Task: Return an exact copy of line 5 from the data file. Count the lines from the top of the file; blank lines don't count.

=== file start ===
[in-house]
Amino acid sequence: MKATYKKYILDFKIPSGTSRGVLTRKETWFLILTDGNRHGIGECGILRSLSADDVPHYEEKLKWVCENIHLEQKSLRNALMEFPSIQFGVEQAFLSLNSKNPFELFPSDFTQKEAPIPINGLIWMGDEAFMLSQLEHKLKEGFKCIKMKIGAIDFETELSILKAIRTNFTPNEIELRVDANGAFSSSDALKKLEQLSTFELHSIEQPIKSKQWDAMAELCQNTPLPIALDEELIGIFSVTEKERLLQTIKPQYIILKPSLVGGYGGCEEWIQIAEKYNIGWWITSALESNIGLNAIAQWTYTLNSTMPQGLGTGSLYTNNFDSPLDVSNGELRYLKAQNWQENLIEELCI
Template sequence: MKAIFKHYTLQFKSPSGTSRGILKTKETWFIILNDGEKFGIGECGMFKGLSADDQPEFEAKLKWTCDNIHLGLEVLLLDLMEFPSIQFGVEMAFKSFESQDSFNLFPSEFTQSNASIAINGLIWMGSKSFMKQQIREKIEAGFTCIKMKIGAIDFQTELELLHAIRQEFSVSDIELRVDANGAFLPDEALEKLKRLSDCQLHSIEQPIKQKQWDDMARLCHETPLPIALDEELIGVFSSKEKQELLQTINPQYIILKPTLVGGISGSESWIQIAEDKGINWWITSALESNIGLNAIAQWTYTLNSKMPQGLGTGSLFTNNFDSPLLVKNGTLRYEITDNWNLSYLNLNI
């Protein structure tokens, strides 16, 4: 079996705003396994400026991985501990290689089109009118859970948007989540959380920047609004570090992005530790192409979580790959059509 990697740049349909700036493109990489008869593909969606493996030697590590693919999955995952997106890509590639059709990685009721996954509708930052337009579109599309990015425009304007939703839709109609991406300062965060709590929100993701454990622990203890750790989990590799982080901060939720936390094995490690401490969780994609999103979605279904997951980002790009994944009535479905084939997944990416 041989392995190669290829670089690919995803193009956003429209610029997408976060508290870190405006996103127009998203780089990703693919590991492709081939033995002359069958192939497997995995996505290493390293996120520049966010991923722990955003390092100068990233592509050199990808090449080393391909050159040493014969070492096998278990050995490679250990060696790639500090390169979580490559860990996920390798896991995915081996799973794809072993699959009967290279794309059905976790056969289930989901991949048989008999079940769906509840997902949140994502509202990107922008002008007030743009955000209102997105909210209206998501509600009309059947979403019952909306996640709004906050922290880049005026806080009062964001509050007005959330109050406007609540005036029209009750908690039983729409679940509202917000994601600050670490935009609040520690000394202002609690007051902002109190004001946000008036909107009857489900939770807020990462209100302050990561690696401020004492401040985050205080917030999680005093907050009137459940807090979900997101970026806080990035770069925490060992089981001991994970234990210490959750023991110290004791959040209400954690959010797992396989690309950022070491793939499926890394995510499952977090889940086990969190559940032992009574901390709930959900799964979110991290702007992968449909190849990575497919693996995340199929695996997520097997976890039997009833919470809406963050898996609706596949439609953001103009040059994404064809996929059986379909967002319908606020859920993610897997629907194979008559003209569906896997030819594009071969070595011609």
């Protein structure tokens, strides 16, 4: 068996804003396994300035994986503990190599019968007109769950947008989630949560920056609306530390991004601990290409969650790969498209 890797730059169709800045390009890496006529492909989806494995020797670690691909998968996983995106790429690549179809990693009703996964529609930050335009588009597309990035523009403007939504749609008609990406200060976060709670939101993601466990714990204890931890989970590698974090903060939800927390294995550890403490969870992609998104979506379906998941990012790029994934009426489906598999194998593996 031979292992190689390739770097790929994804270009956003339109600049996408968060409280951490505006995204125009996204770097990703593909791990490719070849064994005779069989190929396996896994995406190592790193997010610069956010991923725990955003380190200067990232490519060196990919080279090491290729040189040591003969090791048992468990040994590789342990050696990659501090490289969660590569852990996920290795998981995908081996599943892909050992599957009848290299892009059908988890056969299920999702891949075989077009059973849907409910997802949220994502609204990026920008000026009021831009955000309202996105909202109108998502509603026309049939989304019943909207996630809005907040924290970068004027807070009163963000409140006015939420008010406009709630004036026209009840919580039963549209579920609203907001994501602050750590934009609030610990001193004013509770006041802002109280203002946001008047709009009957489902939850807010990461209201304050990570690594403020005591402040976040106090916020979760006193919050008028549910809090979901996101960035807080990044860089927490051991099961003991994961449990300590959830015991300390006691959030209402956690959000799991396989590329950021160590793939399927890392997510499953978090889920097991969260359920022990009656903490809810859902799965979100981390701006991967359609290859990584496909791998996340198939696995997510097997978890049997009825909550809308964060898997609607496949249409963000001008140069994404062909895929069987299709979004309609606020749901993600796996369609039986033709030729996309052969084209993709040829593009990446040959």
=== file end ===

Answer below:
């Protein structure tokens, strides 16, 4: 068996804003396994300035994986503990190599019968007109769950947008989630949560920056609306530390991004601990290409969650790969498209 890797730059169709800045390009890496006529492909989806494995020797670690691909998968996983995106790429690549179809990693009703996964529609930050335009588009597309990035523009403007939504749609008609990406200060976060709670939101993601466990714990204890931890989970590698974090903060939800927390294995550890403490969870992609998104979506379906998941990012790029994934009426489906598999194998593996 031979292992190689390739770097790929994804270009956003339109600049996408968060409280951490505006995204125009996204770097990703593909791990490719070849064994005779069989190929396996896994995406190592790193997010610069956010991923725990955003380190200067990232490519060196990919080279090491290729040189040591003969090791048992468990040994590789342990050696990659501090490289969660590569852990996920290795998981995908081996599943892909050992599957009848290299892009059908988890056969299920999702891949075989077009059973849907409910997802949220994502609204990026920008000026009021831009955000309202996105909202109108998502509603026309049939989304019943909207996630809005907040924290970068004027807070009163963000409140006015939420008010406009709630004036026209009840919580039963549209579920609203907001994501602050750590934009609030610990001193004013509770006041802002109280203002946001008047709009009957489902939850807010990461209201304050990570690594403020005591402040976040106090916020979760006193919050008028549910809090979901996101960035807080990044860089927490051991099961003991994961449990300590959830015991300390006691959030209402956690959000799991396989590329950021160590793939399927890392997510499953978090889920097991969260359920022990009656903490809810859902799965979100981390701006991967359609290859990584496909791998996340198939696995997510097997978890049997009825909550809308964060898997609607496949249409963000001008140069994404062909895929069987299709979004309609606020749901993600796996369609039986033709030729996309052969084209993709040829593009990446040959």